This report examines whether the goal of reducing administrative burdens is sufficient in itself for e-government to transform public administrations, and ways governmental cross-level partnerships to deliver ICT-enabled services may simplify the relationship with citizens and businesses.
This report looks at new thinking and practice in OECD countries in five different areas of e-government: user-focused e-government, multi-channel service delivery, approaches to common business processes, the business case for e-government, and e-goverment co-ordination.
Practicing E-Government: A Global Perspective is a book that responds to e-government's present shortcomings, while exploring a renewed understanding of e-government's visions and responsiveness.
Governance is the next issue the People’s Republic of China needs to tackle. This report shows how governance impacts on public action by looking at different policy sectors, takes stock of the progress made in public management and public finance, and explores policy options for the future.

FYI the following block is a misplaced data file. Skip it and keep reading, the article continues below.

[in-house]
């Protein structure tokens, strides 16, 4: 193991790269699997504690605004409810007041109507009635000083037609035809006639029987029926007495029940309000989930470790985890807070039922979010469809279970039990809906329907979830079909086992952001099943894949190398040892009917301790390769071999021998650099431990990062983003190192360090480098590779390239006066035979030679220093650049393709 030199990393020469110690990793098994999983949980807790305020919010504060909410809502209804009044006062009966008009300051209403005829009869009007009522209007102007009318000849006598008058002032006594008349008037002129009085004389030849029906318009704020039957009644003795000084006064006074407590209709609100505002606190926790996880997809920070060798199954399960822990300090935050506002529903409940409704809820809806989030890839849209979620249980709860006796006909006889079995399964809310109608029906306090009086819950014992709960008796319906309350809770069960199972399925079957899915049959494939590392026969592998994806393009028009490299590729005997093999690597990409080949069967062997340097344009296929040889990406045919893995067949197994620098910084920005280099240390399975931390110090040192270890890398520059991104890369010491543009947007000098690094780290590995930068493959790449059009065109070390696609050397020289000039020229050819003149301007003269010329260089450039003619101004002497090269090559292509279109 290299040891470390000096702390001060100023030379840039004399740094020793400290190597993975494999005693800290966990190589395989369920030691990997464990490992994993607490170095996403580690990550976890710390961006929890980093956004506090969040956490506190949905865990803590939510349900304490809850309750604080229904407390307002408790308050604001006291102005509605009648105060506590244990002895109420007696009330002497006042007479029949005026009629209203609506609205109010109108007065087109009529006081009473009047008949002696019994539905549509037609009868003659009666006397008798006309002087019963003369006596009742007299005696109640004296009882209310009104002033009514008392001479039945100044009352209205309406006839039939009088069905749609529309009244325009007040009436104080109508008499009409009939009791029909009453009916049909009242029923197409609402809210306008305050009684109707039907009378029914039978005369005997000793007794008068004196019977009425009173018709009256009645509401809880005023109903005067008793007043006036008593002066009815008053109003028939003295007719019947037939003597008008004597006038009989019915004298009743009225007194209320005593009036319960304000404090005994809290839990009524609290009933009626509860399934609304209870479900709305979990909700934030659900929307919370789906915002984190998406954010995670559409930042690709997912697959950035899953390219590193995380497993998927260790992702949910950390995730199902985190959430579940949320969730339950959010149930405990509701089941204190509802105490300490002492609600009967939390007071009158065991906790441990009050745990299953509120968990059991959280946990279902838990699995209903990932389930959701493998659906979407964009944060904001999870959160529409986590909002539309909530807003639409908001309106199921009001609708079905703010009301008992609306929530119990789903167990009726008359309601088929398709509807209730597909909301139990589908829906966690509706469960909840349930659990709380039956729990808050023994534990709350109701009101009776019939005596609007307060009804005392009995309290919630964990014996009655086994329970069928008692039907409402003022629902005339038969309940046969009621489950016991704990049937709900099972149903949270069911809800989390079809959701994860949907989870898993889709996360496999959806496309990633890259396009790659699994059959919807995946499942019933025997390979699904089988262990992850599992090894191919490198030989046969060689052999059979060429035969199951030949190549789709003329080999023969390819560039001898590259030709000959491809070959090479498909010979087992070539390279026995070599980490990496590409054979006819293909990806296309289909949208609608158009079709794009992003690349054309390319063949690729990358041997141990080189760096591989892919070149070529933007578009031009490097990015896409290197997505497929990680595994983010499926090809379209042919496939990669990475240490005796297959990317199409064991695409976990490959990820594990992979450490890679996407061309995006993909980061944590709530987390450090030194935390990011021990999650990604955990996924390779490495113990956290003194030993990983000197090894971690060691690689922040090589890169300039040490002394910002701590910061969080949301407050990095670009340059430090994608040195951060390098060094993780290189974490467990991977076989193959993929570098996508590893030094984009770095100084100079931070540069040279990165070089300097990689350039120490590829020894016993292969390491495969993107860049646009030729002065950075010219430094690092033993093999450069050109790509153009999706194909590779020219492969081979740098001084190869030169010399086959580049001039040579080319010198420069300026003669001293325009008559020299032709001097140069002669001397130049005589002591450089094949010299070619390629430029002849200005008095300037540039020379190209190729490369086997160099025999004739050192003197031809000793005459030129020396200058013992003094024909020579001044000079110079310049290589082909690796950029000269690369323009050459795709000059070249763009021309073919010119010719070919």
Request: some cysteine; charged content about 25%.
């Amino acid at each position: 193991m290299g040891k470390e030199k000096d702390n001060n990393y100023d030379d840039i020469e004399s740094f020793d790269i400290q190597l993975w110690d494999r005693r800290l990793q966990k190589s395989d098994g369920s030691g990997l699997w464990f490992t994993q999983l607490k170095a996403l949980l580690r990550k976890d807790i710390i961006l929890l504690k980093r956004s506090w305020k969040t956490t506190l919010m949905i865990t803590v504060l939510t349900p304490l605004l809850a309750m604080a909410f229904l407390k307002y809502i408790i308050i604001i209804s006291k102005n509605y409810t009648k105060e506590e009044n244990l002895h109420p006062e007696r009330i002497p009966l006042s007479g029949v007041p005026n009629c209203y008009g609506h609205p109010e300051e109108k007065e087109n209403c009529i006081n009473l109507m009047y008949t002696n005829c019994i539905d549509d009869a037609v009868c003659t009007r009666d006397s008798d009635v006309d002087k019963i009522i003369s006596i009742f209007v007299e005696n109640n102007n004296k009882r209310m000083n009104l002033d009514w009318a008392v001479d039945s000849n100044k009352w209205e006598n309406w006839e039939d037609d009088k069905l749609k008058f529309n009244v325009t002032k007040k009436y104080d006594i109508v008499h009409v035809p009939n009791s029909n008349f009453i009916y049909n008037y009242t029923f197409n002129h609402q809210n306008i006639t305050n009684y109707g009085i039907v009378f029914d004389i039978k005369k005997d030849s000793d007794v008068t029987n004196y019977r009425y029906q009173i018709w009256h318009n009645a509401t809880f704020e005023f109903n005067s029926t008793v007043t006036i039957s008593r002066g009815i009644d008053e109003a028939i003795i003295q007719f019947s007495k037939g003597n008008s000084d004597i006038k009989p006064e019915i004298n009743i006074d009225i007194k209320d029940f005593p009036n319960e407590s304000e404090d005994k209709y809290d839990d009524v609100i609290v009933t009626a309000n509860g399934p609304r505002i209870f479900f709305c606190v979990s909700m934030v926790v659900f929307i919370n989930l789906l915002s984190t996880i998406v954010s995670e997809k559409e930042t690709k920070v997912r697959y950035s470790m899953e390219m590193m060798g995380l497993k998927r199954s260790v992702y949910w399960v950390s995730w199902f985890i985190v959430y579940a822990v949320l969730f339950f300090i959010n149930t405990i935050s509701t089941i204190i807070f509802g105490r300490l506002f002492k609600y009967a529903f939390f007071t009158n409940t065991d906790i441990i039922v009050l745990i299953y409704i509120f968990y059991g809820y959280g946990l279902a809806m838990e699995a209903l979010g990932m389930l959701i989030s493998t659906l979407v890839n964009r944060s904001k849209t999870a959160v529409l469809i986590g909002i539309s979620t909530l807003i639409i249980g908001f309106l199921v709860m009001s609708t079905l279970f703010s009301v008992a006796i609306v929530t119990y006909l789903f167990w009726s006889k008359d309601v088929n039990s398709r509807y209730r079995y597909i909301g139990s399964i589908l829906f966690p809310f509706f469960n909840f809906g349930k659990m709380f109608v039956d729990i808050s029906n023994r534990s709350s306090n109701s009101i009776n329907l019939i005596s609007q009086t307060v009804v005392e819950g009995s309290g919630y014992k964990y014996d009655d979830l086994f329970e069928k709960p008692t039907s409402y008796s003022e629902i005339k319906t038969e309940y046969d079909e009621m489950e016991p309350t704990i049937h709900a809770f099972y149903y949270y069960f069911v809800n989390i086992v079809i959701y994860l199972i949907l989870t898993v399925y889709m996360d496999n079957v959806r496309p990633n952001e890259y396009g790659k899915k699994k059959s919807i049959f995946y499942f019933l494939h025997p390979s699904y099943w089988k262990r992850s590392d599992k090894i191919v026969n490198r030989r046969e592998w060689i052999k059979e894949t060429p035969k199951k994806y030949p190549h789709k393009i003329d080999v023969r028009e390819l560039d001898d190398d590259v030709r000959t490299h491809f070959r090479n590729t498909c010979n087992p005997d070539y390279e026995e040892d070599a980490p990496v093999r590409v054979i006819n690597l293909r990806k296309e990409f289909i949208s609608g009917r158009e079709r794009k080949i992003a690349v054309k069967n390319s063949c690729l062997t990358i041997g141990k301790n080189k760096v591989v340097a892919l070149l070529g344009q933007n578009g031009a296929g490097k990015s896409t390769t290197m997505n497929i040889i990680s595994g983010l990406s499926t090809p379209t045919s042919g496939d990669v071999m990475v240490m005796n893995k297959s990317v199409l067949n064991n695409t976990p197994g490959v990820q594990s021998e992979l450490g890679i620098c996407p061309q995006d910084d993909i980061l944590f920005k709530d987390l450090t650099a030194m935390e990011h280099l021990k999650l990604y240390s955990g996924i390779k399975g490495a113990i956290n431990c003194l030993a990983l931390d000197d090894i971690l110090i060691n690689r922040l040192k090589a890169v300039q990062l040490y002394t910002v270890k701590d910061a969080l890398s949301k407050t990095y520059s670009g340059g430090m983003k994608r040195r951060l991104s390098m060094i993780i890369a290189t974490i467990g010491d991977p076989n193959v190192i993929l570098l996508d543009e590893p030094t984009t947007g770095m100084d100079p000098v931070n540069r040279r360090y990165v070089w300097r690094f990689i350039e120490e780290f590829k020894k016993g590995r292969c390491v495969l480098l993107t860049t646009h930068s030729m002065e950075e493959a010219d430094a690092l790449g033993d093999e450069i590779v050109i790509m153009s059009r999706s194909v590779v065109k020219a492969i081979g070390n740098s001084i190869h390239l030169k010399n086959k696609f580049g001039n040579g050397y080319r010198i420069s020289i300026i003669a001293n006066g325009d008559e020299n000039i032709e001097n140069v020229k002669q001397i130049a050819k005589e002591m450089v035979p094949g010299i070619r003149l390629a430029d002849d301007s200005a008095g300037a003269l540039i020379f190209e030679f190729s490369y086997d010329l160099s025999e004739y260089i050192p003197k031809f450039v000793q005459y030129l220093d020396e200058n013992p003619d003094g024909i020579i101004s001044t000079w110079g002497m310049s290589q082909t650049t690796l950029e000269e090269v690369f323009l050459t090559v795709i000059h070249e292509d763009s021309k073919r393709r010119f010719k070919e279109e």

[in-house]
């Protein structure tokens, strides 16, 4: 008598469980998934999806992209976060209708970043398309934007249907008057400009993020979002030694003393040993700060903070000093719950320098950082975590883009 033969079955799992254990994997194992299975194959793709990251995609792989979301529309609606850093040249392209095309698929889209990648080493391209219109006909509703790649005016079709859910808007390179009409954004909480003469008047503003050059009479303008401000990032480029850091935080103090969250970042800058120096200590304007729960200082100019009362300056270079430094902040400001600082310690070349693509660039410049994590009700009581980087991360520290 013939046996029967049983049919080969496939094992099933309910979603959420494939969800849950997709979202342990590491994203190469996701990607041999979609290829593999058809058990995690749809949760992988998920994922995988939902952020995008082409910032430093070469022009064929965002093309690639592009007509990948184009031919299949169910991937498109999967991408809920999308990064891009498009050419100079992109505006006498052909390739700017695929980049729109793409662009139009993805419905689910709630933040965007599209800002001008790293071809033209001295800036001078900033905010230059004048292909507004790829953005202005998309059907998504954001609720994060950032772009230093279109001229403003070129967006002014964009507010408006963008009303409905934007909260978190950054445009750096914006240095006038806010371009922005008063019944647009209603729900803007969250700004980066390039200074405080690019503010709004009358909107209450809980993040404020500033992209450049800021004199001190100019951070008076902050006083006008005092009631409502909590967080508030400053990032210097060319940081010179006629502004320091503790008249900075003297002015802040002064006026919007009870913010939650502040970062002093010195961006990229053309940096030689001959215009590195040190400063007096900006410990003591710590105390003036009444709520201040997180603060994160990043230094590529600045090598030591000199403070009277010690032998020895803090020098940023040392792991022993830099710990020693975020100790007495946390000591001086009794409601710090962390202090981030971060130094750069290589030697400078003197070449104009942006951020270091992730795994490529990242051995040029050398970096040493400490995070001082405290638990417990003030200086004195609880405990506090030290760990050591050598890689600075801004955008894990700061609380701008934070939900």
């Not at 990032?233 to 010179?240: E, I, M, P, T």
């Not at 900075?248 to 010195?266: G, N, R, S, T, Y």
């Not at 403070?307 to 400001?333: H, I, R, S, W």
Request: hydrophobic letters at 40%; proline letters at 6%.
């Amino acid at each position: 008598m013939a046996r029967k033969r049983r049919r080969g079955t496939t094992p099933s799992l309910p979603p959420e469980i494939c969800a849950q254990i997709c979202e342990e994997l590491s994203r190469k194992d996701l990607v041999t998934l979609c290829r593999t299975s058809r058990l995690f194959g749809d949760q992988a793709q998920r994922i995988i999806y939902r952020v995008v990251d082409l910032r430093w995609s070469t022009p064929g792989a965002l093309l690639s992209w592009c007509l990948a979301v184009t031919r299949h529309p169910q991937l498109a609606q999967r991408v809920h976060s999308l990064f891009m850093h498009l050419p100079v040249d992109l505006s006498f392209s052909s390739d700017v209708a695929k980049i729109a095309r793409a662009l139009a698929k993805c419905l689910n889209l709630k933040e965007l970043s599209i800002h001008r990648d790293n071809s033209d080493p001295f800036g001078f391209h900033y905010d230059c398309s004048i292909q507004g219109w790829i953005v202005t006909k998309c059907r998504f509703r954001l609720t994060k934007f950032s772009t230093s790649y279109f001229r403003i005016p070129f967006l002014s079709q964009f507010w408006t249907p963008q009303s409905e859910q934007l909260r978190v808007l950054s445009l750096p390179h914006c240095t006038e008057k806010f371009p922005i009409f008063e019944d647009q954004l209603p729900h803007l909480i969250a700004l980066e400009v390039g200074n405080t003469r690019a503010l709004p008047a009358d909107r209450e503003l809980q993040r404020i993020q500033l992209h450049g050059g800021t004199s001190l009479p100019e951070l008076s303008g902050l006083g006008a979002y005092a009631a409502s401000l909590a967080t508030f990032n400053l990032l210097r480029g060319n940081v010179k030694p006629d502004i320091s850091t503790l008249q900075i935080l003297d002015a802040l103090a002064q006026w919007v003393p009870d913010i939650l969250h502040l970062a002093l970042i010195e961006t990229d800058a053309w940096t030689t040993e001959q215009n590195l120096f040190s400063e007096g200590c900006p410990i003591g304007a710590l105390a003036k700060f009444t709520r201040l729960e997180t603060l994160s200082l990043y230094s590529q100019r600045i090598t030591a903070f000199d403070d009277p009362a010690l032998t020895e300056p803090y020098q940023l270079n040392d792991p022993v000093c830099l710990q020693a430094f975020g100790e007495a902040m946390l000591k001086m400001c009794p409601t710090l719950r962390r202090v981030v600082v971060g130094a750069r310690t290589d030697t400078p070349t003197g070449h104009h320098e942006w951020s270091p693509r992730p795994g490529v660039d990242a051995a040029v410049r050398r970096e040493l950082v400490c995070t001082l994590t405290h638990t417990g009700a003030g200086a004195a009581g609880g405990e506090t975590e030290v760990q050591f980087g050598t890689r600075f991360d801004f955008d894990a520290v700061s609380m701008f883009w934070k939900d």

This report looks at the progress made to date and the remaining challenges the Norwegian government, long active in using information and technology to improve the quality of public services and modernise government, faces in implementing e-government.
Its e-government strategy has helped Mexico position itself among the top performers of onlines services. This report analyses and assesses remaining challenges and provides a set of proposals for action to deal with the most actual and pressing questions of e-government.
Using a common analytical framework developed by the OECD's E-Government Project, this report is the first in a series of national e-government reviews that will look at ICT use in government and its implementation challenges and governance implications.
This event offered a unique opportunity for high-level e-government officials from over 20 countries to discuss and compare priority areas where the exercise of e-government leadership has a strong impact.
This seminar, the first in a series of three under the OECD E-Government Project, brought together government officials with responsibility for the development, implementation and co-ordination of e-government initiatives, private sector experts and NGOs.